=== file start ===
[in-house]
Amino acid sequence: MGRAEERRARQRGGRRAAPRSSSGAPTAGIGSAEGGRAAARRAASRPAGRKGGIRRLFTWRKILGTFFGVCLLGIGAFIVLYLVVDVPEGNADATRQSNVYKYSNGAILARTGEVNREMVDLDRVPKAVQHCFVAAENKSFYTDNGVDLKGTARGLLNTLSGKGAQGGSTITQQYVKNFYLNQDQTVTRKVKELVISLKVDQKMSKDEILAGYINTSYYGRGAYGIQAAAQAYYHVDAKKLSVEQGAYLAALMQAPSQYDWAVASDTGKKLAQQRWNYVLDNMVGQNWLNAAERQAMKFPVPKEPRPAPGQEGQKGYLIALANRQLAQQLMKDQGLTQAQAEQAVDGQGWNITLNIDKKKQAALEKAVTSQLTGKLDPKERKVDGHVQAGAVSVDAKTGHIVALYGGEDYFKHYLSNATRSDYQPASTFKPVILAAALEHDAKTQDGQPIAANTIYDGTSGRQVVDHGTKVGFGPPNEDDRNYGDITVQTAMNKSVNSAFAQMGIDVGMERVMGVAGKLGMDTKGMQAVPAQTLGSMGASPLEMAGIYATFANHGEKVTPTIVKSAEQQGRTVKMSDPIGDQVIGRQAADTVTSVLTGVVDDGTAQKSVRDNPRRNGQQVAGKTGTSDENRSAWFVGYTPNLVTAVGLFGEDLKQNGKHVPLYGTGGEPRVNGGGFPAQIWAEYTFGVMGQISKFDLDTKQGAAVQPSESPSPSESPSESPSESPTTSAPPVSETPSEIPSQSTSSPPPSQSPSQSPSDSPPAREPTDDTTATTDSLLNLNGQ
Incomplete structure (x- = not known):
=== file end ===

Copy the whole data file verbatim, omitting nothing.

[in-house]
Amino acid sequence: MGRAEERRARQRGGRRAAPRSSSGAPTAGIGSAEGGRAAARRAASRPAGRKGGIRRLFTWRKILGTFFGVCLLGIGAFIVLYLVVDVPEGNADATRQSNVYKYSNGAILARTGEVNREMVDLDRVPKAVQHCFVAAENKSFYTDNGVDLKGTARGLLNTLSGKGAQGGSTITQQYVKNFYLNQDQTVTRKVKELVISLKVDQKMSKDEILAGYINTSYYGRGAYGIQAAAQAYYHVDAKKLSVEQGAYLAALMQAPSQYDWAVASDTGKKLAQQRWNYVLDNMVGQNWLNAAERQAMKFPVPKEPRPAPGQEGQKGYLIALANRQLAQQLMKDQGLTQAQAEQAVDGQGWNITLNIDKKKQAALEKAVTSQLTGKLDPKERKVDGHVQAGAVSVDAKTGHIVALYGGEDYFKHYLSNATRSDYQPASTFKPVILAAALEHDAKTQDGQPIAANTIYDGTSGRQVVDHGTKVGFGPPNEDDRNYGDITVQTAMNKSVNSAFAQMGIDVGMERVMGVAGKLGMDTKGMQAVPAQTLGSMGASPLEMAGIYATFANHGEKVTPTIVKSAEQQGRTVKMSDPIGDQVIGRQAADTVTSVLTGVVDDGTAQKSVRDNPRRNGQQVAGKTGTSDENRSAWFVGYTPNLVTAVGLFGEDLKQNGKHVPLYGTGGEPRVNGGGFPAQIWAEYTFGVMGQISKFDLDTKQGAAVQPSESPSPSESPSESPSESPTTSAPPVSETPSEIPSQSTSSPPPSQSPSQSPSDSPPAREPTDDTTATTDSLLNLNGQ
Incomplete structure (x- = not known):